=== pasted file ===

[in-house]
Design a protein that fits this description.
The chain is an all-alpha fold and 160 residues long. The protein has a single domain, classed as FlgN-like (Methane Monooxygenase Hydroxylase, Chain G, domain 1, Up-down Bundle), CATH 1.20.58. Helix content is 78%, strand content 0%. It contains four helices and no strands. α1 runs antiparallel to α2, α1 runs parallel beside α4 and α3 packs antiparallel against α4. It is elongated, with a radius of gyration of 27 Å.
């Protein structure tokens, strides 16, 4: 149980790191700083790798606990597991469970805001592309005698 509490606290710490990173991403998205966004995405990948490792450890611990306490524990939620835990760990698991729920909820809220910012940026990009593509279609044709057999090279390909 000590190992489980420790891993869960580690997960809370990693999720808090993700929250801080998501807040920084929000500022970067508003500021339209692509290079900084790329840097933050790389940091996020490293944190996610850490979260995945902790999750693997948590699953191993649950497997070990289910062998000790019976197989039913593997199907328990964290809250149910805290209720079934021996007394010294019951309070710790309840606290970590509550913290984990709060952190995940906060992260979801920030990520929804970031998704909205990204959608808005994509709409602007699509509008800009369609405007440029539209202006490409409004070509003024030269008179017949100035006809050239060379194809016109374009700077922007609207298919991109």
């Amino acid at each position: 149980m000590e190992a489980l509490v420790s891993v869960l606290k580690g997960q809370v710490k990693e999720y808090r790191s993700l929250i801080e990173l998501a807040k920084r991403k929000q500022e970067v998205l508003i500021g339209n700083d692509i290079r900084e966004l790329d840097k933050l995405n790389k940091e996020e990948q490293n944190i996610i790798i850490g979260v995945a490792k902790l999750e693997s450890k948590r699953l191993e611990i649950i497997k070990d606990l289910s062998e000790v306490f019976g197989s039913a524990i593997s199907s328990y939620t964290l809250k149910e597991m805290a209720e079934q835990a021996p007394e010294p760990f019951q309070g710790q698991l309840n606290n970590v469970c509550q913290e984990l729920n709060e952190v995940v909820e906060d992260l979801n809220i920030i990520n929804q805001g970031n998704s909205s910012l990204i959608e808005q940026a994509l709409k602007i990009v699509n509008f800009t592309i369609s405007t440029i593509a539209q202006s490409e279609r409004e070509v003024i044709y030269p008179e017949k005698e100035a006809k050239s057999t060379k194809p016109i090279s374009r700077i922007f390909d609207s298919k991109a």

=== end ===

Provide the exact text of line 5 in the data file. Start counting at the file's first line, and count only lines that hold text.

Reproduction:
């Amino acid at each position: 149980m000590e190992a489980l509490v420790s891993v869960l606290k580690g997960q809370v710490k990693e999720y808090r790191s993700l929250i801080e990173l998501a807040k920084r991403k929000q500022e970067v998205l508003i500021g339209n700083d692509i290079r900084e966004l790329d840097k933050l995405n790389k940091e996020e990948q490293n944190i996610i790798i850490g979260v995945a490792k902790l999750e693997s450890k948590r699953l191993e611990i649950i497997k070990d606990l289910s062998e000790v306490f019976g197989s039913a524990i593997s199907s328990y939620t964290l809250k149910e597991m805290a209720e079934q835990a021996p007394e010294p760990f019951q309070g710790q698991l309840n606290n970590v469970c509550q913290e984990l729920n709060e952190v995940v909820e906060d992260l979801n809220i920030i990520n929804q805001g970031n998704s909205s910012l990204i959608e808005q940026a994509l709409k602007i990009v699509n509008f800009t592309i369609s405007t440029i593509a539209q202006s490409e279609r409004e070509v003024i044709y030269p008179e017949k005698e100035a006809k050239s057999t060379k194809p016109i090279s374009r700077i922007f390909d609207s298919k991109a």